In our most recent Assembly, we spoke about Responsibility, using three examples that are lessons for us all.
Every year in October I am reminded of the wonderful story of the “World’s Greatest Air Race” for the MacRobertson Trophy, held in 1934.
Sir Macpherson Robertson was a renowned philanthropist (and owner of MacRobertson chocolates, later to be taken over by Cadburys), who sponsored many events including a world croquet tournament and an Antarctic exploration. To celebrate Melbourne’s Centenary, he sponsored the Air race from England to Australia. After two days of flying, the Uiver, a Douglas DC2 entered by KLM Royal Dutch Airlines, was heading towards Melbourne when it hit a fierce thunderstorm, and subsequently lost radio contact, and its bearings.
The townsfolk of Albury were like millions around the world, and had been following the progress of the race. They were soon to realise that the sound of the plane circling above them was in fact the Uiver.
The mayor decided that the town would help the Uiver to find its bearings by flashing the name ALBURY in Morse Code, using all of the town’s lights.
Meanwhile, the local radio station appealed for those with cars to drive to the racecourse and light up a ‘runaway’, allowing the Uiver to land safely, which it did.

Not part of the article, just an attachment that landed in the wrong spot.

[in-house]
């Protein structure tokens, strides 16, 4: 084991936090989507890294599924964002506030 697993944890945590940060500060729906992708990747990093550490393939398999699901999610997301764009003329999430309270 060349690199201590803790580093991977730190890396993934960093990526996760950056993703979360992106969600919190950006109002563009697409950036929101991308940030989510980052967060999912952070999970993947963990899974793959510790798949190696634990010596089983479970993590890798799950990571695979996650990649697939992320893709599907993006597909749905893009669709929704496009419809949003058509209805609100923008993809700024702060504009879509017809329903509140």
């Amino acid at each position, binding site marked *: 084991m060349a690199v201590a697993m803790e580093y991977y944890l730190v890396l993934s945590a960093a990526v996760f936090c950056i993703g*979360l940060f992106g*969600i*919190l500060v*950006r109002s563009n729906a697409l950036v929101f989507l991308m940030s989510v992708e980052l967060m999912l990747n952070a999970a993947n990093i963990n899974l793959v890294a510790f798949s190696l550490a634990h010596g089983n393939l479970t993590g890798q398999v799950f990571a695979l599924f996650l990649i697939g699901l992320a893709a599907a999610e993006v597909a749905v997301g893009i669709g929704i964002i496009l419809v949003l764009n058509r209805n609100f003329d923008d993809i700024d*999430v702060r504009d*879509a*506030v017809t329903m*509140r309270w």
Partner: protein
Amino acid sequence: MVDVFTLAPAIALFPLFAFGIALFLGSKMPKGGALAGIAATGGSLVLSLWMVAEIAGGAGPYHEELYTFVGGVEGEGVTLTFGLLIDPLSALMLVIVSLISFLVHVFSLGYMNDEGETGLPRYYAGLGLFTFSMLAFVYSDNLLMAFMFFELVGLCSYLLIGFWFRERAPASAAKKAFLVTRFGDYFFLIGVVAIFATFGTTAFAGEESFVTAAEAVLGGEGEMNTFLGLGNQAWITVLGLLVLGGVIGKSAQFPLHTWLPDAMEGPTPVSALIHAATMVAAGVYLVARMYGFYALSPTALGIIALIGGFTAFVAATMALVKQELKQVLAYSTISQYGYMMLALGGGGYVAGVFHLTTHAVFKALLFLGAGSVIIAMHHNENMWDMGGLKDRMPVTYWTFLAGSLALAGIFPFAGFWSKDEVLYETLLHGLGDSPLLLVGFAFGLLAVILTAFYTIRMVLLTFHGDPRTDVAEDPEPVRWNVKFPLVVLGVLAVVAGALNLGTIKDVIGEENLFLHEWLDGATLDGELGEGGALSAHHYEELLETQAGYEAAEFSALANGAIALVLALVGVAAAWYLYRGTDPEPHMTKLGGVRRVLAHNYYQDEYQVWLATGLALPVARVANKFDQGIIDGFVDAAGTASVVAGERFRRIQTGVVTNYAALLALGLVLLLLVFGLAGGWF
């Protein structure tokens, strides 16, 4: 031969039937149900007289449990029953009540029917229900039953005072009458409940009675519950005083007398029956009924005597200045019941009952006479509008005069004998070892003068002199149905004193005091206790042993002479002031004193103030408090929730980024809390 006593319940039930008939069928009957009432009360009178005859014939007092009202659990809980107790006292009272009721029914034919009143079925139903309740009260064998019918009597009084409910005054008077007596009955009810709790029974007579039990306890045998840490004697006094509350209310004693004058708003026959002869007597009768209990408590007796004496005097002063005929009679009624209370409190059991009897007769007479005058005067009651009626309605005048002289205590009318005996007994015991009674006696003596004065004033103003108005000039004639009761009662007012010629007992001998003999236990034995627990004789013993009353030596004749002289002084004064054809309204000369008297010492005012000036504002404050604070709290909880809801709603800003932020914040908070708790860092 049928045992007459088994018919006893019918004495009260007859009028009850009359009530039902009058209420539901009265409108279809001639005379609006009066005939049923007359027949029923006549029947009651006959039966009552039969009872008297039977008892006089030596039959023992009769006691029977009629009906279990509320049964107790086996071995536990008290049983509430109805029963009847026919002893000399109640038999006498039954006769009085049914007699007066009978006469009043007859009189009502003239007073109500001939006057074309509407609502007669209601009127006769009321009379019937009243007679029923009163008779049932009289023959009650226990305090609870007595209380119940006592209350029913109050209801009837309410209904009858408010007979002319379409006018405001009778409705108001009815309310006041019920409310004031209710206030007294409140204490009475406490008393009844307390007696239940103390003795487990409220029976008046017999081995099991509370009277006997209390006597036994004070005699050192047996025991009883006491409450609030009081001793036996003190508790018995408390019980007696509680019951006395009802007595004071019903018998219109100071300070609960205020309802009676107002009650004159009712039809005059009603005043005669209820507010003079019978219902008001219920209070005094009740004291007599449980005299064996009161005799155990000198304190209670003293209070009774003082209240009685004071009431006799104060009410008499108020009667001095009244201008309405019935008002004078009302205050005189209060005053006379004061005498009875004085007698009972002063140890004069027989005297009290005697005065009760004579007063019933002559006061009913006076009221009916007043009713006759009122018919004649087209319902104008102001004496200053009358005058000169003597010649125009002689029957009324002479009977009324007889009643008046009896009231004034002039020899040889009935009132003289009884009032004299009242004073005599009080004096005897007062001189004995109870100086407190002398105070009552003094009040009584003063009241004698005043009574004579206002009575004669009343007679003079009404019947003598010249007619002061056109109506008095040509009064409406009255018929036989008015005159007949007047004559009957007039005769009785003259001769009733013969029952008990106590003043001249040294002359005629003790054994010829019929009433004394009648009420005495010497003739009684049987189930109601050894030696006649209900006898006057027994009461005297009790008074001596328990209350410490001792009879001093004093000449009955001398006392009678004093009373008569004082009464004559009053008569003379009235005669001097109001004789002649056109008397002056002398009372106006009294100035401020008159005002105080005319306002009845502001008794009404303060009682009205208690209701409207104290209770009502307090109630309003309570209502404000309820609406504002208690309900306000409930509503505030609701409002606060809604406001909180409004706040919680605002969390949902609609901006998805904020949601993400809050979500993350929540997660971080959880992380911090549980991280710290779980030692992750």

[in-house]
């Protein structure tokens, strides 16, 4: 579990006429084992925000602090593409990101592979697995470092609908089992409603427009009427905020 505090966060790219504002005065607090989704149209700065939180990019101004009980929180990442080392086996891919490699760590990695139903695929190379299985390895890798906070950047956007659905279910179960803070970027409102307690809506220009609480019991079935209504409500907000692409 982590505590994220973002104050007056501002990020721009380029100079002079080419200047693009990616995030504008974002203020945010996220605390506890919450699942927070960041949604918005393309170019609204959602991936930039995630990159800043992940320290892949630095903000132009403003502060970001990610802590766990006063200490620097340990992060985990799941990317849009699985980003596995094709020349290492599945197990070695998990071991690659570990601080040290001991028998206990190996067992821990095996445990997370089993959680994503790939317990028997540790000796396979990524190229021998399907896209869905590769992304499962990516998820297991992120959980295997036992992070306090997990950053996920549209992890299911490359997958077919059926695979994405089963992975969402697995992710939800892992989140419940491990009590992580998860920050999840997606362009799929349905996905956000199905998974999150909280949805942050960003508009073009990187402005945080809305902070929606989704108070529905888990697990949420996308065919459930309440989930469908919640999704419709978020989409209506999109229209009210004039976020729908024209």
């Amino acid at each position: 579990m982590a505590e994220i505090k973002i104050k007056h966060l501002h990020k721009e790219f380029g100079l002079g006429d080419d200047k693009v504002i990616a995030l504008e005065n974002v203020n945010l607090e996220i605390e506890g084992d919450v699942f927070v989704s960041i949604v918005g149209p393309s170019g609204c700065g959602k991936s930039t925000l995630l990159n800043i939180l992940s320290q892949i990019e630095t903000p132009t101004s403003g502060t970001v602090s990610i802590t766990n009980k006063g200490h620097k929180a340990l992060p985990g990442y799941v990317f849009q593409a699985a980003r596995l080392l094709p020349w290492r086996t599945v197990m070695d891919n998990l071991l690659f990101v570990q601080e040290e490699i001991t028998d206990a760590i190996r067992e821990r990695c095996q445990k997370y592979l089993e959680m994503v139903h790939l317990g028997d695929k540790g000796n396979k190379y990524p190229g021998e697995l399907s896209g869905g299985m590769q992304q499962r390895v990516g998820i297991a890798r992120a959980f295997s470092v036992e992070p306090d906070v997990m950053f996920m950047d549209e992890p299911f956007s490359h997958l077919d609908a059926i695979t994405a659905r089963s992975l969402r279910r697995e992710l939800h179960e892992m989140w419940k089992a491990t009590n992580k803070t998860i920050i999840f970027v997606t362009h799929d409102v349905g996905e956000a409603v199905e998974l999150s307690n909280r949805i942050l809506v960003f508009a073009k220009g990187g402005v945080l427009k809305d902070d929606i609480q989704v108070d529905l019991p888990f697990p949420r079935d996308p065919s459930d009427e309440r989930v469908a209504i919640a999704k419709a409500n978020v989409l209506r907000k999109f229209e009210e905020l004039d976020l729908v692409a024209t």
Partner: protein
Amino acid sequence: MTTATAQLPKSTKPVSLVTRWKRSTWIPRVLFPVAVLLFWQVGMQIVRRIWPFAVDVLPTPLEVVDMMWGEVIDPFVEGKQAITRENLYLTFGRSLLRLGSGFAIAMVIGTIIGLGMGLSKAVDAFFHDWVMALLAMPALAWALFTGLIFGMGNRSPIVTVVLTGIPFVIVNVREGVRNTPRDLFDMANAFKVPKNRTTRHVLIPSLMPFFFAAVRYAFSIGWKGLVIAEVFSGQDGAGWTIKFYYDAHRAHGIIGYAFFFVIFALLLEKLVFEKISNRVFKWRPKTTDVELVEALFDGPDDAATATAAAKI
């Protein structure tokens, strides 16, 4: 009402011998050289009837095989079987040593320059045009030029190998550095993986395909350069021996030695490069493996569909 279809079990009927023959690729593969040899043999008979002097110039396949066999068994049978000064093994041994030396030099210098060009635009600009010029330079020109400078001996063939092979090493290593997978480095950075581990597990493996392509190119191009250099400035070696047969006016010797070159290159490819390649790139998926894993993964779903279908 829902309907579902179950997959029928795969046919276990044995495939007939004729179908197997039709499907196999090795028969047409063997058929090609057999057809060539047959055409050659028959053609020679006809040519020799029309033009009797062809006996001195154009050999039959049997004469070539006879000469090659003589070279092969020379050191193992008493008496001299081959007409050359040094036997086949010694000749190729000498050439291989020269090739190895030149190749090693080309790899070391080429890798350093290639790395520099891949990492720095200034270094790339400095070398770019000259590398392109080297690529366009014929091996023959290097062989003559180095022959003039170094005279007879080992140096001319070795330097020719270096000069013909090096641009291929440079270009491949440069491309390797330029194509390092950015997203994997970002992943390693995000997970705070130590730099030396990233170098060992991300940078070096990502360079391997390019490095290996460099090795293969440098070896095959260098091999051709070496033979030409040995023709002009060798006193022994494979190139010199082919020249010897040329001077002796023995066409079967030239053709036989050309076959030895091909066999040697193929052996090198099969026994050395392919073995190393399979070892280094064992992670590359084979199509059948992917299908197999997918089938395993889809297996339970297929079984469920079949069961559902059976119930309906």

The next morning, the people of Albury flocked to the racecourse to not only see the Uiver, but to then pull it out of its bogged state, and send it on its way to the finish line in Melbourne…an amazing example of people helping one another.
We then spoke of another tragic incident, in which a 16 year old girl lost her life when the car in which she was travelling on the lap of a front seat passenger, as one of 9 occupants, lost control and hit a power pole in Mt Evelyn. With alcohol and speed allegedly a factor, we discussed responsibility, care of self and others, and how decision making and risk taking behaviours become a habit, and that habit is formed NOW though actions and consequences.
Finally, we watched a very brief video (above) that features a soccer game in 2003 between Denmark and Iran. Towards the end of the first half, a member of the crowd whistles, leading to an Iranian player thinking it is half time and picking up the ball in the penalty area. When the referee awards Denmark a penalty, the coach of Denmark instructs his player to deliberately miss the penalty, which he does. This led to an interesting discussion not only about integrity, and personal values, but about sportsmanship.
As always, our boys were reflective and mature with regard to their discussion and feedback.
by Adam Kenny, Head of Southwood and Boys Education